It should be emphasized, however, that both the management accounting information system and the financial accounting information system are part of the management accounting information system. Unfortunately, all too often the content of the management accounting systems is driven by the needs of the financial accounting system. The reports of both managerial and financial accounting are frequently derived from the same data base, where the data base was originally established to support the reporting requirements of financial accounting. There is a need in many organizations to expand this data base in order to satisfy more fully the needs of the internal users. For example, a firm's profitability is of interest to investors, but managers need to know the profitability or individual products. The accounting systems should be designed to provide both total profits as well as profits for individual products.

MANAGEMENT ACCOUNTING vs. FINANCIAL ACCOUNTING

Internally focused

Externally focused

No mandatory rules

Must follow externally imposed rules

Emphasis on the future

Historical orientation

Internal evaluation of segments carrying strong behavioral ramifications

External evaluation of firm as a whole

Detailed information

Information about the firm as a whole

Broad, multidisciplinary

More self-contained

Management accounting is used primarily by those within a business. Reports can be generated for any period of time such as daily, weekly or monthly. Reports are considered to be future looking and have forecasting value to those within the company or organization.

In the other way, financial accounting is used primarily by those outside of a company or organization. Financial reports are usually created for a set period of time, such as a fiscal year or period. Financial reports are historically factual and have predictive value to those who wish to make financial decisions or investments in a company.

Management Accounting is the branch of accounting that deals primarily with confidential financial reports for the exclusive use of top management within an organization. These reports are prepared utilizing scientific and statistical methods to arrive at certain monetary values which are then used for decision making. Such reports may include:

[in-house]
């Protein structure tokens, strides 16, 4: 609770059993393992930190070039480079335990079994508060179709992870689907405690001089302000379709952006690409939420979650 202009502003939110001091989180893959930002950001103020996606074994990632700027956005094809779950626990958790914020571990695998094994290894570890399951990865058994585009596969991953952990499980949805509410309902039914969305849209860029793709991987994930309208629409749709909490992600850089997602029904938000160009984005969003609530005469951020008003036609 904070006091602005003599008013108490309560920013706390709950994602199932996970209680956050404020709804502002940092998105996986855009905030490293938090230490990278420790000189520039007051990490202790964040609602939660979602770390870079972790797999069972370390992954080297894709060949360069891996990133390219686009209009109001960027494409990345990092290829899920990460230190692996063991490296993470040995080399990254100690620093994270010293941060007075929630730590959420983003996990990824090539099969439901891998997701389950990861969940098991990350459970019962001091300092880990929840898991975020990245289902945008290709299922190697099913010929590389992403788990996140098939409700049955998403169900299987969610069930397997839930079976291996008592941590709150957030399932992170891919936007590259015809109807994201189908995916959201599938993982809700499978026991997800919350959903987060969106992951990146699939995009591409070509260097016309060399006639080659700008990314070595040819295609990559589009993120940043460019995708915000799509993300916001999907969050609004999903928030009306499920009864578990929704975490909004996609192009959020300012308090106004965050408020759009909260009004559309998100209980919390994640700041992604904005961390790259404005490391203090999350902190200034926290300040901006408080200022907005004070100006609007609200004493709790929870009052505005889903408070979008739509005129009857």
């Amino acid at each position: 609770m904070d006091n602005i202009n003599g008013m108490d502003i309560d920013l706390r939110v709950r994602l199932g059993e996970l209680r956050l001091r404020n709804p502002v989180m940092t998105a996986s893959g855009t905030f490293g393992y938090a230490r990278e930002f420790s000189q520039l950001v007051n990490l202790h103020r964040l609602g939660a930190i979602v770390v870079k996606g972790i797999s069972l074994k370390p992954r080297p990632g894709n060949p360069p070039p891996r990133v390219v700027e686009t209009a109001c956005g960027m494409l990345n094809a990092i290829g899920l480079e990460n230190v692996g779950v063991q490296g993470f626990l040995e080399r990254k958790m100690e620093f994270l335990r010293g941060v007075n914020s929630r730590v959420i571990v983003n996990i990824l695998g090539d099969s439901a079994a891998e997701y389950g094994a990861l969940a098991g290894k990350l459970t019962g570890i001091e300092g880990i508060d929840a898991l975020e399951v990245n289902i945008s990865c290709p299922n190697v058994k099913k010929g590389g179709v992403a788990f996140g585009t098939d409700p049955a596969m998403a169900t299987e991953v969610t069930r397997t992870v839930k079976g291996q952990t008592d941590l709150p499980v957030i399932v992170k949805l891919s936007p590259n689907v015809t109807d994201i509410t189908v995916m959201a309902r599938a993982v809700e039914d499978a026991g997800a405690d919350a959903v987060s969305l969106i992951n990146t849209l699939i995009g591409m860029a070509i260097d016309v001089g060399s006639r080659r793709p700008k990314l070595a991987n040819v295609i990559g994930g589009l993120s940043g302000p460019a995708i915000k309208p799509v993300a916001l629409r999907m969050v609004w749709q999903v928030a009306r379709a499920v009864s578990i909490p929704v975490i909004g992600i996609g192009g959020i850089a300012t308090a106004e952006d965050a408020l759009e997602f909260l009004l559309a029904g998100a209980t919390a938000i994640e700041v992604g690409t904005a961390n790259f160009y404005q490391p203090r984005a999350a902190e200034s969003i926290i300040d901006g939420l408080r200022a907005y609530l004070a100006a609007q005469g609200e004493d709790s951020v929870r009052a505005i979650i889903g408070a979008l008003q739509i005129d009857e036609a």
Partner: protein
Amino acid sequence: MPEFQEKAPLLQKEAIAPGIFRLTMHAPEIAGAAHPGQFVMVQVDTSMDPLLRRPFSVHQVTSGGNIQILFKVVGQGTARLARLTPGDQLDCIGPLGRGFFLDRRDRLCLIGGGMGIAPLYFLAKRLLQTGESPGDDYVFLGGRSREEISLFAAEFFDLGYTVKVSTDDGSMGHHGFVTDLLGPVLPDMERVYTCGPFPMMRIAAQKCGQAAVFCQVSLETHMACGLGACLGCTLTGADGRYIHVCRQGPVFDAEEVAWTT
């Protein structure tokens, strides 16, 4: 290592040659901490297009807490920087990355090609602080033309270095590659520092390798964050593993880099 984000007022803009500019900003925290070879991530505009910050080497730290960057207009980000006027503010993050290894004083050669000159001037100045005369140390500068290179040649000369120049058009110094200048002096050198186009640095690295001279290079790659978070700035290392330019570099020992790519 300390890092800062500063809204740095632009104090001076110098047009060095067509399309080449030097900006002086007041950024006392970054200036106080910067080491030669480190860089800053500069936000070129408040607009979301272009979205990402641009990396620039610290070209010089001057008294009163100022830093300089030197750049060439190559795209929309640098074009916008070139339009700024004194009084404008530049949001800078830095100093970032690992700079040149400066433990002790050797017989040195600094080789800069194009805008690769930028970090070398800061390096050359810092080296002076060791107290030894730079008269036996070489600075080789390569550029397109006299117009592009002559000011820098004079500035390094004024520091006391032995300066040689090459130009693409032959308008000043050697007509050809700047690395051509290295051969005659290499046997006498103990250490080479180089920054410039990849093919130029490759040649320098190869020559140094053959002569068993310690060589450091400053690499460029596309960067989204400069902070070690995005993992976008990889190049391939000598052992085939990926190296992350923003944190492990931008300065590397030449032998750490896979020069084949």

Sales Forecasting reports

Budget analysis and comparative analysis

Feasibility studies

Merger and consolidation reports

Financial Accounting, on the other hand, concentrates on the production of financial reports, including the basic reporting requirements of profitability, liquidity, solvency and stability. Reports of this nature can be accessed by internal and external users such as the shareholders, the banks and the creditors.

About time period, is possible to say that management accounting provides top management with reports that are future-oriented, while financial accounting provides reports based on historical information. There is no time span for producing managerial accounting statements but financial accounting statements are generally required to be produced for the period of 12 previous months.

In contrast to financial accountancy information, management accounting information is:

Designed and intended for use by managers within the organization, instead of being intended for use by shareholders, creditors, and public regulators

Usually confidential and used by management, instead of publicly reported

Forward-looking, instead of historical

Computer by reference to the needs of managers, often using management information systems, instead of by reference to general financial accounting standards

Common types of cost allocation methods and management accounting include job costing, process costing and activity-based costing. Job costing allows business owners to allocate costs to specific jobs. This process is most common in construction companies. Process costing attributes costs to products as they go through each production process in the business. Activity-based costing applies business costs on the number of activities needed to produce a product.

The most important methods for management accounting in small businesses are:

Just in time

Inventory Management

Bubgeting

Variance Analysis

Cost Volume Profit Analysis

Linear Programming

Activity Based Costing (ABC)

Focusing on one of the methods that have generated more controversy, can said to, in contrast to traditional cost-accounting methods, ABC methods are not inherently constrained by the tenets of financial reporting requirements. Rather, ABC have the inherent flexibility to provide special reports to facilitate management decisions regarding the costs of activities undertaken to design, produce, sell, and deliver a company's products or services. At the heart of this flexibility is the fact that ABC systems focus on accumulating costs via several key activities, whereas traditional cost allocation focuses on accumulating costs via organizational units. By focusing on specific activities, ABC systems provide superior cost allocation information-especially when costs are caused by non-volume-based cost drivers. Even so, traditional cost-accounting systems will continue to be used to satisfy conventional financial reporting requirements. ABC systems will continue to supplement, rather than replace, traditional cost-accounting systems.